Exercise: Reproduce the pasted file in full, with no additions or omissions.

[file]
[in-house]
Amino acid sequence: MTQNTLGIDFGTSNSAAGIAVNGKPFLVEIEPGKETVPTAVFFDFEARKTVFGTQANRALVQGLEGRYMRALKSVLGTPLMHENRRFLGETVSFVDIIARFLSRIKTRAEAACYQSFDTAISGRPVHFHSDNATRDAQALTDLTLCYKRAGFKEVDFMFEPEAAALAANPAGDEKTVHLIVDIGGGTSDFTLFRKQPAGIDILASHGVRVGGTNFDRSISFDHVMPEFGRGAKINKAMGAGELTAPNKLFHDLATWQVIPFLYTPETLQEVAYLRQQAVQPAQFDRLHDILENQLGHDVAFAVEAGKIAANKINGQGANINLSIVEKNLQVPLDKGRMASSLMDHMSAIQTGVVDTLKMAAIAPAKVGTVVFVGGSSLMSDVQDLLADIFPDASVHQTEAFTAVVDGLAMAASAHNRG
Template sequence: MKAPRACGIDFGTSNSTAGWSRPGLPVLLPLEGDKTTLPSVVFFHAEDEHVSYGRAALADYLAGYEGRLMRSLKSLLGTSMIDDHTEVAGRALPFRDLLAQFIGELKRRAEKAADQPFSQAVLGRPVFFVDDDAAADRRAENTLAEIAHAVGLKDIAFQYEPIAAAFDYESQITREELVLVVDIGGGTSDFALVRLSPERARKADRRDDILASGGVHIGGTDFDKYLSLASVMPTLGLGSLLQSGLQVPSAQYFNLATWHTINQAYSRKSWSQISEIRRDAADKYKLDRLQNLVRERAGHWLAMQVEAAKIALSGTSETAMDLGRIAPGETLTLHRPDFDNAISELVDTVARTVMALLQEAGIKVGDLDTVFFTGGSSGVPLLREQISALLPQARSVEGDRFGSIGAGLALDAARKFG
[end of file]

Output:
[in-house]
Amino acid sequence: MTQNTLGIDFGTSNSAAGIAVNGKPFLVEIEPGKETVPTAVFFDFEARKTVFGTQANRALVQGLEGRYMRALKSVLGTPLMHENRRFLGETVSFVDIIARFLSRIKTRAEAACYQSFDTAISGRPVHFHSDNATRDAQALTDLTLCYKRAGFKEVDFMFEPEAAALAANPAGDEKTVHLIVDIGGGTSDFTLFRKQPAGIDILASHGVRVGGTNFDRSISFDHVMPEFGRGAKINKAMGAGELTAPNKLFHDLATWQVIPFLYTPETLQEVAYLRQQAVQPAQFDRLHDILENQLGHDVAFAVEAGKIAANKINGQGANINLSIVEKNLQVPLDKGRMASSLMDHMSAIQTGVVDTLKMAAIAPAKVGTVVFVGGSSLMSDVQDLLADIFPDASVHQTEAFTAVVDGLAMAASAHNRG
Template sequence: MKAPRACGIDFGTSNSTAGWSRPGLPVLLPLEGDKTTLPSVVFFHAEDEHVSYGRAALADYLAGYEGRLMRSLKSLLGTSMIDDHTEVAGRALPFRDLLAQFIGELKRRAEKAADQPFSQAVLGRPVFFVDDDAAADRRAENTLAEIAHAVGLKDIAFQYEPIAAAFDYESQITREELVLVVDIGGGTSDFALVRLSPERARKADRRDDILASGGVHIGGTDFDKYLSLASVMPTLGLGSLLQSGLQVPSAQYFNLATWHTINQAYSRKSWSQISEIRRDAADKYKLDRLQNLVRERAGHWLAMQVEAAKIALSGTSETAMDLGRIAPGETLTLHRPDFDNAISELVDTVARTVMALLQEAGIKVGDLDTVFFTGGSSGVPLLREQISALLPQARSVEGDRFGSIGAGLALDAARKFG